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PolitiFact: Emory says Chick-fil-A decision not political



"The decision to remove Chick-fil-A from Emory University was based solely on student feedback."

- David Furhman, Emory Food Service Administration director, The Emory Wheel on March 12, 2013



Emory’s newspaper, The Emory Wheel, reported last month that the university will boot Chick-fil-A off campus this summer.


The move comes after Chick-fil-A President Dan Cathy last year angered supporters of same-sex marriage. David Furhman, the senior director of Emory’s Food Service Administration, told the Wheel that the decision to remove Chick-fil-A was not spurred by the Cathy controversy, but based solely on student feedback.


“What we learned was that there was no great affinity or love for Chick-fil-A,” Furhman said in a March 12 article in the Wheel. “It was more of an affinity or love of the convenience.”


The conflict began when Cathy discussed same-sex marriage in a July 2012 interview.


“I think we are inviting God’s judgment on our nation when we shake our fist at Him and say, ‘We know better than you as to what constitutes a marriage,’” Cathy said.


Critics called for boycotts. Supporters organized a “Chick-fil-A Appreciation Day” that packed eateries.


Chick-fil-A, which began in metro Atlanta and is headquartered here, did not respond to an interview request.


Emory groups formally requested the removal of Chick-fil-A after the controversy began.


Senior Director and Dean of Campus Life Ajay Nair released a statement saying the university wouldn’t remove the eatery based on Cathy’s comments.


But in February, the university and a student committee called FACE (Food Administration Committee Emory) said they were going to review all campus food venues, including Chick-fil-A.


Furhman told the Wheel that the review predated the controversy. But both student co-chairs of FACE said the review plan began when Furhman joined Emory in January.


Furhman referred all inquiries to Campus Communications.


One student co-chair of the food committee, Karoline Porcello, told the Wheel the restaurant’s values were a contributing, but not deciding factor in its removal. In an email, Porcello clarified that those values referred to “human development values” such as physical well-being, not political values.


After PolitiFact Georgia reached out to Campus Communications, Porcello said: “We’ve received strict instructions by Emory to no longer comment on the issue.”


Michael Sacks, another co-chair, said the removal was not political.


The process reviewed each venue according to six criteria, including consistency with the campus life department’s core values and survey data.


The committee held open monthly meetings and focus groups with more than 30 volunteer attendees who answered FACE’s questions. In all three of the monthly meeting documents on the FACE website, Chick-fil-A was not mentioned.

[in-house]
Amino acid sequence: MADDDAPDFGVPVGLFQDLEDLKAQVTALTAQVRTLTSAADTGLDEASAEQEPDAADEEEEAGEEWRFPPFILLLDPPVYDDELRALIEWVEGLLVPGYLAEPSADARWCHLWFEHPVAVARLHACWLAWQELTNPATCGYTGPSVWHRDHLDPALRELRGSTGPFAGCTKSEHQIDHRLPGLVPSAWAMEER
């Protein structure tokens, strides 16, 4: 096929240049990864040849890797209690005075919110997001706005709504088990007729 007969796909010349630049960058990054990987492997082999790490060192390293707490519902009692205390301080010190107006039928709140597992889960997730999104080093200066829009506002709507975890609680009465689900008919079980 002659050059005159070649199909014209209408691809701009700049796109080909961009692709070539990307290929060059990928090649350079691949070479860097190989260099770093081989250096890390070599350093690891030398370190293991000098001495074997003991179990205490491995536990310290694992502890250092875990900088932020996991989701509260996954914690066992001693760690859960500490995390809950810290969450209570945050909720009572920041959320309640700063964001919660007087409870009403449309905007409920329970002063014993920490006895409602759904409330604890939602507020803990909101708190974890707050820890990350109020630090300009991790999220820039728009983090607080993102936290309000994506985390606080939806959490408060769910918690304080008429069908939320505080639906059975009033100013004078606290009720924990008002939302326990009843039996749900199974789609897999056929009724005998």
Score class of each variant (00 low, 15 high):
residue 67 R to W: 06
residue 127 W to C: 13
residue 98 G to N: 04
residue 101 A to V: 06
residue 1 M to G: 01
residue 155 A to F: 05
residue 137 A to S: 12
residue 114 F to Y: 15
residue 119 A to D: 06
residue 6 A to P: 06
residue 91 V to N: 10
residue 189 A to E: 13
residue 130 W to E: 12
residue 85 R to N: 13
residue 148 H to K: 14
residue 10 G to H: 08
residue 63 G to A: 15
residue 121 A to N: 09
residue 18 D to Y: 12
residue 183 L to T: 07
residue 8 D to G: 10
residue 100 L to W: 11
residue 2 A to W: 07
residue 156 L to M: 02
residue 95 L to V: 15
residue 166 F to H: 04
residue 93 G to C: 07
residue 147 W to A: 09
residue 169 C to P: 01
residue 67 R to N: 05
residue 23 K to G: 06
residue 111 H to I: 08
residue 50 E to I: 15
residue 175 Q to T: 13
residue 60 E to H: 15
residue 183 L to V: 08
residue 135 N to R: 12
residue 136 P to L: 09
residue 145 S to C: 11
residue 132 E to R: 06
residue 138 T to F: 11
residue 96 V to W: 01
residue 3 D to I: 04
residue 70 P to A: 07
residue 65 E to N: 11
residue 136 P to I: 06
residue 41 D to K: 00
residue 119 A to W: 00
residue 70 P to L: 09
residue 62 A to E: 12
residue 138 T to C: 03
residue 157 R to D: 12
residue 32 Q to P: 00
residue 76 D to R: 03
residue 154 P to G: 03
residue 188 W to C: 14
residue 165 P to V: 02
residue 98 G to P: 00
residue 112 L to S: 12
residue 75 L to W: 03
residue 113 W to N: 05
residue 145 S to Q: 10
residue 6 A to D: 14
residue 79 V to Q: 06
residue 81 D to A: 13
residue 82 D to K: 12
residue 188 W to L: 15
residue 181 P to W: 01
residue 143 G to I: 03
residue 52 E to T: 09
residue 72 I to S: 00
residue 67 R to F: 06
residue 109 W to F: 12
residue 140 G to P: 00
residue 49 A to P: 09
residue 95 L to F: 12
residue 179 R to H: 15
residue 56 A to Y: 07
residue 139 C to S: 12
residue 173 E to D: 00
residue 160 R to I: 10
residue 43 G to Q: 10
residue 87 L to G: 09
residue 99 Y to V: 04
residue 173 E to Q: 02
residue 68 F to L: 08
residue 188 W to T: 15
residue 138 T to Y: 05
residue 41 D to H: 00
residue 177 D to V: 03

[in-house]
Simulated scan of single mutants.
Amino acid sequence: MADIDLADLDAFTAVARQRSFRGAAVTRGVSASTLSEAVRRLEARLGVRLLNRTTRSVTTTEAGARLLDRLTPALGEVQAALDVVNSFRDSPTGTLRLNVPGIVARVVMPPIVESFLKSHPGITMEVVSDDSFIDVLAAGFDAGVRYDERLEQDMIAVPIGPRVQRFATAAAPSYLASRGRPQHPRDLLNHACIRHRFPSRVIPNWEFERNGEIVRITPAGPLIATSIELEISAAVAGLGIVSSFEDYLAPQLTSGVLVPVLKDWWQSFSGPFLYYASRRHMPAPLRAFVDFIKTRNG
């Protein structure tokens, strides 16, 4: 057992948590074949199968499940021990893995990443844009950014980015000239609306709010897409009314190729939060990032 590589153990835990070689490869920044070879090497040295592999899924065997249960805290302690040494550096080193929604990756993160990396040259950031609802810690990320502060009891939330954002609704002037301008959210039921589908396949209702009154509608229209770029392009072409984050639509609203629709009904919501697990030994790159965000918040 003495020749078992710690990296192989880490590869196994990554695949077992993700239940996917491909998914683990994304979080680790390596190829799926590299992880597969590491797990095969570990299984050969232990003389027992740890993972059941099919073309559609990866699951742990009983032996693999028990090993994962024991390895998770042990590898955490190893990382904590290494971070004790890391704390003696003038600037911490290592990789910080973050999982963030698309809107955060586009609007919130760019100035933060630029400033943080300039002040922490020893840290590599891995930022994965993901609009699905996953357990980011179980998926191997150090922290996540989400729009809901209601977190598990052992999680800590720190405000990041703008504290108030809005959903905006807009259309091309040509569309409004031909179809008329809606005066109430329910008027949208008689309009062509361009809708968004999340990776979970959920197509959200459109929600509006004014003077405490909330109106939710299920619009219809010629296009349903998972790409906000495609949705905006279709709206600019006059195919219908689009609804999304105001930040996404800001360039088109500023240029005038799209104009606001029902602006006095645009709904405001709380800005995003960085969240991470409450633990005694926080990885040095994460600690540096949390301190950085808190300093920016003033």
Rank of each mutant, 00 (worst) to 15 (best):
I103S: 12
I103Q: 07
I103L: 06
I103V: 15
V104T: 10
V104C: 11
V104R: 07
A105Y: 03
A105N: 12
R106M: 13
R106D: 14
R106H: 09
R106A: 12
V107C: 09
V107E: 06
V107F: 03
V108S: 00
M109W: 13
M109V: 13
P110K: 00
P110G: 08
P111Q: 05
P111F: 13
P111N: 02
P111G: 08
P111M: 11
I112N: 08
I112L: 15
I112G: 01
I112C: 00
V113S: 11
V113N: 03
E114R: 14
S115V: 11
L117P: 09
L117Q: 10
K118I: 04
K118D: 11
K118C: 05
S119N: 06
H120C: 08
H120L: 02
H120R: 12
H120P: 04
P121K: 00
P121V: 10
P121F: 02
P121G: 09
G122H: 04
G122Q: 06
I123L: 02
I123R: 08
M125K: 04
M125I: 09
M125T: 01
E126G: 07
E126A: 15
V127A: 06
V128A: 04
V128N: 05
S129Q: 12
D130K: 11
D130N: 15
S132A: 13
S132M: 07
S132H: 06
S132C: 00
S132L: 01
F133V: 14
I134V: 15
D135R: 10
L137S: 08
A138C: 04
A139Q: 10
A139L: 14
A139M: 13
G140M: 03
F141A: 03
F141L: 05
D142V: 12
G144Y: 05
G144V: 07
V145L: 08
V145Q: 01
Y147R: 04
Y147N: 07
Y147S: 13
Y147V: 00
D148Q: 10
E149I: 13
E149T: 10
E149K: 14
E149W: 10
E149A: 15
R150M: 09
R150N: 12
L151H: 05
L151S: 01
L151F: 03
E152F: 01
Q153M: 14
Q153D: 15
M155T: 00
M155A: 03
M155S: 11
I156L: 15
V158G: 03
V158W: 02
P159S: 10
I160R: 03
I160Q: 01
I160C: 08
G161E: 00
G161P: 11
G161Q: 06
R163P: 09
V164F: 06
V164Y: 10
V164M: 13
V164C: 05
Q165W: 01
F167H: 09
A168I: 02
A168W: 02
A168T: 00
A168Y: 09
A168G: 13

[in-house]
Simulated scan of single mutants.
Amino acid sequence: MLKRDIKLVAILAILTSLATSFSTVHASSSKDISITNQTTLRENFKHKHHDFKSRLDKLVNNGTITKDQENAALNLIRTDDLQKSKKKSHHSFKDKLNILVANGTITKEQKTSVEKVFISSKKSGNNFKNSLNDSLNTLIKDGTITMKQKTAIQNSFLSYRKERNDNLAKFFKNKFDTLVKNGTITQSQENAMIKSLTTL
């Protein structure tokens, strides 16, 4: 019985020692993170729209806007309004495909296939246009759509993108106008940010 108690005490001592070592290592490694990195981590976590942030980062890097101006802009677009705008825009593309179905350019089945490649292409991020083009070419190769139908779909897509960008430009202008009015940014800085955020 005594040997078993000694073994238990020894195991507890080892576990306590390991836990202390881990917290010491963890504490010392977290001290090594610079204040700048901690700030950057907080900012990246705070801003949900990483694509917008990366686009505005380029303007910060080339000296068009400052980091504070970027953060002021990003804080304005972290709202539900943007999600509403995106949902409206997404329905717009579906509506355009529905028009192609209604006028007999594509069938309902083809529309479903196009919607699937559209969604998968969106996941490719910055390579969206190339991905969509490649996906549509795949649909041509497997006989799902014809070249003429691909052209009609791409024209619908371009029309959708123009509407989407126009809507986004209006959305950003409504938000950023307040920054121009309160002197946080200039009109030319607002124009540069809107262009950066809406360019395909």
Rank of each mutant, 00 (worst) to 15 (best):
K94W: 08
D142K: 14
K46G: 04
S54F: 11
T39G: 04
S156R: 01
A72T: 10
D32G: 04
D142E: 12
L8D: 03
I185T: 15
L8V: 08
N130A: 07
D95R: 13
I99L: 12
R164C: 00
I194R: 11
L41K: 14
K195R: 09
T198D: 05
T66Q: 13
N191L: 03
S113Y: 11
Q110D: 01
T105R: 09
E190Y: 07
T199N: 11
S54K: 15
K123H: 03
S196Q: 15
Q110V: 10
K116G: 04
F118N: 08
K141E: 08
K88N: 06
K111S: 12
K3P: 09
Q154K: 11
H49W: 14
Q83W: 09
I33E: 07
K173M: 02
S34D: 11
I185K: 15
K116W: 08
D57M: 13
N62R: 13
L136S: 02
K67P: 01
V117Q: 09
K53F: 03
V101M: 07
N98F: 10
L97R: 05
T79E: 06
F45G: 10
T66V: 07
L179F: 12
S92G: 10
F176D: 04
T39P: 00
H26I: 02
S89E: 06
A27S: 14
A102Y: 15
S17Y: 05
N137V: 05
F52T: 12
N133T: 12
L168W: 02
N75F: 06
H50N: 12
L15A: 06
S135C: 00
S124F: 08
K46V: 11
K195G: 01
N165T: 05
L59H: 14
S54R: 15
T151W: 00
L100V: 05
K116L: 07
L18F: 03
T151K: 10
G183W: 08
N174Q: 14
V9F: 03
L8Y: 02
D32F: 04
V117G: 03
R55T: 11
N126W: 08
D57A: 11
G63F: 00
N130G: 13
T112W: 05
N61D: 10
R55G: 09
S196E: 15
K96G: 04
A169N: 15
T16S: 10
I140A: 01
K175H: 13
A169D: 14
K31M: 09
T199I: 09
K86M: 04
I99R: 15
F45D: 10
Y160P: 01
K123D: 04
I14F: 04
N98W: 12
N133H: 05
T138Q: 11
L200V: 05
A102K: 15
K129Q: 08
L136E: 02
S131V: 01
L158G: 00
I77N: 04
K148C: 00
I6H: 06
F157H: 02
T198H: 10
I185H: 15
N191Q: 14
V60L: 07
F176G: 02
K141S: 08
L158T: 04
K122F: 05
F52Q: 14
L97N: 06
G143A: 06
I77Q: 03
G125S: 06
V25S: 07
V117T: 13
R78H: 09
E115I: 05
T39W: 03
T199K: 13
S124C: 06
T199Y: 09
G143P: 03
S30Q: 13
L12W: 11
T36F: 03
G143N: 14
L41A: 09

Sacks sent over three of the four focus groups’ minutes. He said that he was told that the last meeting “did not present much opportunity for note-taking.”


The three focus group minutes didn’t conclusively show a distaste for Chick-fil-A.

Porcello said some focus group members wanted to remove Chick-fil-A for health reasons and that some said they only liked the convenience of the venue. The documents provided to PolitiFact Georgia didn’t confirm those claims. Porcello didn’t respond to requests to do so.


In March, the food committee put three floor plans up for a vote. None included Chick-fil-A or Pizza Hut. Sacks said that decision was based on the focus groups.


Dena Smith, Emory’s senior communication officer, sent PolitiFact a link to a March 12 Campus Life statement indicating that Emory would announce a final Chick-fil-A decision soon. She said Emory would consider FACE’s input, which does not include “a chicken restaurant.”


PolitiFact contacted 15 Emory political science professors for a comment. None wanted to weigh in on the controversy.


Kennesaw State University political science professor Kerwin Swint says that it is difficult to believe that the decision wasn’t political.


“I’m not saying that it isn’t true,” Swint said, “But I work on a college campus … and I can tell you that Chick-fil-A is probably the most popular dining option (on my campus).”


Our conclusion:


An Emory administrator said that a proposal to remove Chick-fil-A from a campus dining hall was not politically motivated but was instead based on focus groups. Campus officials have offered conflicting statements about Chick-fil-A’s future.


PolitiFact rules require the person making the statement to provide the proof to back it up. Furhman and Emory failed to do so.


There apparently was an objective process that reviewed all food vendors, but only incomplete documentation was provided. That documentation didn’t confirm any of the sources’ claims. And the final redesign plan doesn’t indicate the committee was concentrating on health concerns. It wants to remove Chick-fil-A, but plans call for a proposed pizza and pasta joint and expanded Mexican food areas. Not exactly healthy alternatives.


We rated the claim Half True.


This article was edited for length. For the full version and a list of sources, go to

Karishma Mehrotra is a journalism major at Emory University who is completing an internship with PolitiFact Georgia. She is also an editor at The Emory Wheel but took no part in the Chick-fil-A news coverage.

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